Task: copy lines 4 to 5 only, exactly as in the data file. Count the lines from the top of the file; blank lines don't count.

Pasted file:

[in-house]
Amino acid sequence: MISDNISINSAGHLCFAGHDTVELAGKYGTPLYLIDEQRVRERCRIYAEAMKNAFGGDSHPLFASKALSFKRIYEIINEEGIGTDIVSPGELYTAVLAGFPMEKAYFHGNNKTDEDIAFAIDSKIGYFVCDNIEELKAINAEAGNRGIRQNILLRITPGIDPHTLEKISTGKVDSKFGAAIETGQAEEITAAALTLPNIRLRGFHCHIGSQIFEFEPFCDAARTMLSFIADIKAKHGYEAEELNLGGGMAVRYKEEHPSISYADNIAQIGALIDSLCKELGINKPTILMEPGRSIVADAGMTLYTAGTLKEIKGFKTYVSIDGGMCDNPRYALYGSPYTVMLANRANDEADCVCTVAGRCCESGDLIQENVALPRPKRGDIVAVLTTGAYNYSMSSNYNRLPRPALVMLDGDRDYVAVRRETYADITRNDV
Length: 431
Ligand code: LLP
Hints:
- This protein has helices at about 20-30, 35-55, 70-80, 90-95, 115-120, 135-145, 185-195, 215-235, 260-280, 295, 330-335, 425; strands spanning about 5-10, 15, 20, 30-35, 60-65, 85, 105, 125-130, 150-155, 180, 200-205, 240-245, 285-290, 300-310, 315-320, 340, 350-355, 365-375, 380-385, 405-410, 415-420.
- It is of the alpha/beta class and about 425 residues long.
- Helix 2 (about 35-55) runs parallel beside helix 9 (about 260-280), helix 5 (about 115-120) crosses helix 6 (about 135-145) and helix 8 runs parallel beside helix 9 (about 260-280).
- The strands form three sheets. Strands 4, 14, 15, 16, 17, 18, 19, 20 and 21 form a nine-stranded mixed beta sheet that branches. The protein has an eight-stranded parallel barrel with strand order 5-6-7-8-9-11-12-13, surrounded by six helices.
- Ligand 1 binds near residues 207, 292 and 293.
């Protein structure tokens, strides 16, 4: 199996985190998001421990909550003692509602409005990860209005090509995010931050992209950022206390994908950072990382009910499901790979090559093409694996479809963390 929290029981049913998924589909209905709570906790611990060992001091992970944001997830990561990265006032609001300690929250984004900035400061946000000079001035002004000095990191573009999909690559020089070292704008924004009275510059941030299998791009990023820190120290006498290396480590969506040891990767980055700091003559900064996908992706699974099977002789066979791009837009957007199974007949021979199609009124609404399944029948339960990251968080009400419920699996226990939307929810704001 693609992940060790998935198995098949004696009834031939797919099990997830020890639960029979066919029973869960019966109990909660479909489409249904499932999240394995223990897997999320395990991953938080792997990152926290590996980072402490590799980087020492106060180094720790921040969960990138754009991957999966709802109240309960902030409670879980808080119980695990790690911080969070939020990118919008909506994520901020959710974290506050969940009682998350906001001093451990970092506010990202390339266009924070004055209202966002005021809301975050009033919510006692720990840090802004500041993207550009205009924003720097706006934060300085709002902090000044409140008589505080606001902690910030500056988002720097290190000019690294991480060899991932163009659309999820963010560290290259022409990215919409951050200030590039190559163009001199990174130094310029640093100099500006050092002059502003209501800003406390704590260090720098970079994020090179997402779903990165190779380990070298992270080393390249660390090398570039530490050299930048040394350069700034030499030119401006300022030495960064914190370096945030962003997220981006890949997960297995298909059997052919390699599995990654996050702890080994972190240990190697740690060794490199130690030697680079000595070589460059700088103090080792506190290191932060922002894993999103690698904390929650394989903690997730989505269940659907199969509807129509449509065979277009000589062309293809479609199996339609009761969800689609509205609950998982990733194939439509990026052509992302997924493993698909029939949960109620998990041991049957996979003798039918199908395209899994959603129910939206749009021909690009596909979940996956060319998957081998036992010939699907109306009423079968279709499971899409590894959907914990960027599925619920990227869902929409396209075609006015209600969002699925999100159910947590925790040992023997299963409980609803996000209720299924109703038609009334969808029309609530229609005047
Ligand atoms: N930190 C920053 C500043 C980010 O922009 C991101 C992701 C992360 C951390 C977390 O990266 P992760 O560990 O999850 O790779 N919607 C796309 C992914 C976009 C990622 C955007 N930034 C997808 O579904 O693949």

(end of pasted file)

Ligand code: LLP
Hints: